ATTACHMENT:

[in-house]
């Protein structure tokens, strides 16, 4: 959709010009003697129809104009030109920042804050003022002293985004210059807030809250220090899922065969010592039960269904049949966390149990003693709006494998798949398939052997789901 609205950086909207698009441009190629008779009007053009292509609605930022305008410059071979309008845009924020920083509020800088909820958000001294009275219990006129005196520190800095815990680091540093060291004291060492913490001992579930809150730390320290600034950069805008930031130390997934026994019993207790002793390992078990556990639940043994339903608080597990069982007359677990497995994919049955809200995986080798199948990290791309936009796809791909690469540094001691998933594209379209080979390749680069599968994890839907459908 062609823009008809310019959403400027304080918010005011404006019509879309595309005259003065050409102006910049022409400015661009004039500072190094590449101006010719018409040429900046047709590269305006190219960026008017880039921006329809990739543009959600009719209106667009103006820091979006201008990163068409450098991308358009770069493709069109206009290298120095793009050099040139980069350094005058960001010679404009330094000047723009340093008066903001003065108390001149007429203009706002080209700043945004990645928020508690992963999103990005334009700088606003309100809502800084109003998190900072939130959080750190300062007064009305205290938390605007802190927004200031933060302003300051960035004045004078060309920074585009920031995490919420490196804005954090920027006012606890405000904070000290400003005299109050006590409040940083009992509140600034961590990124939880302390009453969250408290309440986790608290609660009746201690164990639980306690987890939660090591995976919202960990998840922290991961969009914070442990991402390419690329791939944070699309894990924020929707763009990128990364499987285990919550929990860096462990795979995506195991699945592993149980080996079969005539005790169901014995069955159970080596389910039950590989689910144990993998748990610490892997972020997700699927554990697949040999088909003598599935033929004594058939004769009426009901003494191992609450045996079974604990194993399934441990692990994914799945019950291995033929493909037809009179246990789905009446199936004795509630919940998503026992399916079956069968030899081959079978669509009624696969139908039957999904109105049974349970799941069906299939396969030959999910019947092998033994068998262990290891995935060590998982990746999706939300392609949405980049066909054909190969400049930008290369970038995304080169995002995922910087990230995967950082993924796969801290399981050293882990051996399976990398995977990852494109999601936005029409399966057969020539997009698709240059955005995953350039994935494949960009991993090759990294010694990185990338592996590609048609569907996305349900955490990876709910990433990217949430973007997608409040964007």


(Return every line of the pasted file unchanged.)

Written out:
[in-house]
């Protein structure tokens, strides 16, 4: 959709010009003697129809104009030109920042804050003022002293985004210059807030809250220090899922065969010592039960269904049949966390149990003693709006494998798949398939052997789901 609205950086909207698009441009190629008779009007053009292509609605930022305008410059071979309008845009924020920083509020800088909820958000001294009275219990006129005196520190800095815990680091540093060291004291060492913490001992579930809150730390320290600034950069805008930031130390997934026994019993207790002793390992078990556990639940043994339903608080597990069982007359677990497995994919049955809200995986080798199948990290791309936009796809791909690469540094001691998933594209379209080979390749680069599968994890839907459908 062609823009008809310019959403400027304080918010005011404006019509879309595309005259003065050409102006910049022409400015661009004039500072190094590449101006010719018409040429900046047709590269305006190219960026008017880039921006329809990739543009959600009719209106667009103006820091979006201008990163068409450098991308358009770069493709069109206009290298120095793009050099040139980069350094005058960001010679404009330094000047723009340093008066903001003065108390001149007429203009706002080209700043945004990645928020508690992963999103990005334009700088606003309100809502800084109003998190900072939130959080750190300062007064009305205290938390605007802190927004200031933060302003300051960035004045004078060309920074585009920031995490919420490196804005954090920027006012606890405000904070000290400003005299109050006590409040940083009992509140600034961590990124939880302390009453969250408290309440986790608290609660009746201690164990639980306690987890939660090591995976919202960990998840922290991961969009914070442990991402390419690329791939944070699309894990924020929707763009990128990364499987285990919550929990860096462990795979995506195991699945592993149980080996079969005539005790169901014995069955159970080596389910039950590989689910144990993998748990610490892997972020997700699927554990697949040999088909003598599935033929004594058939004769009426009901003494191992609450045996079974604990194993399934441990692990994914799945019950291995033929493909037809009179246990789905009446199936004795509630919940998503026992399916079956069968030899081959079978669509009624696969139908039957999904109105049974349970799941069906299939396969030959999910019947092998033994068998262990290891995935060590998982990746999706939300392609949405980049066909054909190969400049930008290369970038995304080169995002995922910087990230995967950082993924796969801290399981050293882990051996399976990398995977990852494109999601936005029409399966057969020539997009698709240059955005995953350039994935494949960009991993090759990294010694990185990338592996590609048609569907996305349900955490990876709910990433990217949430973007997608409040964007």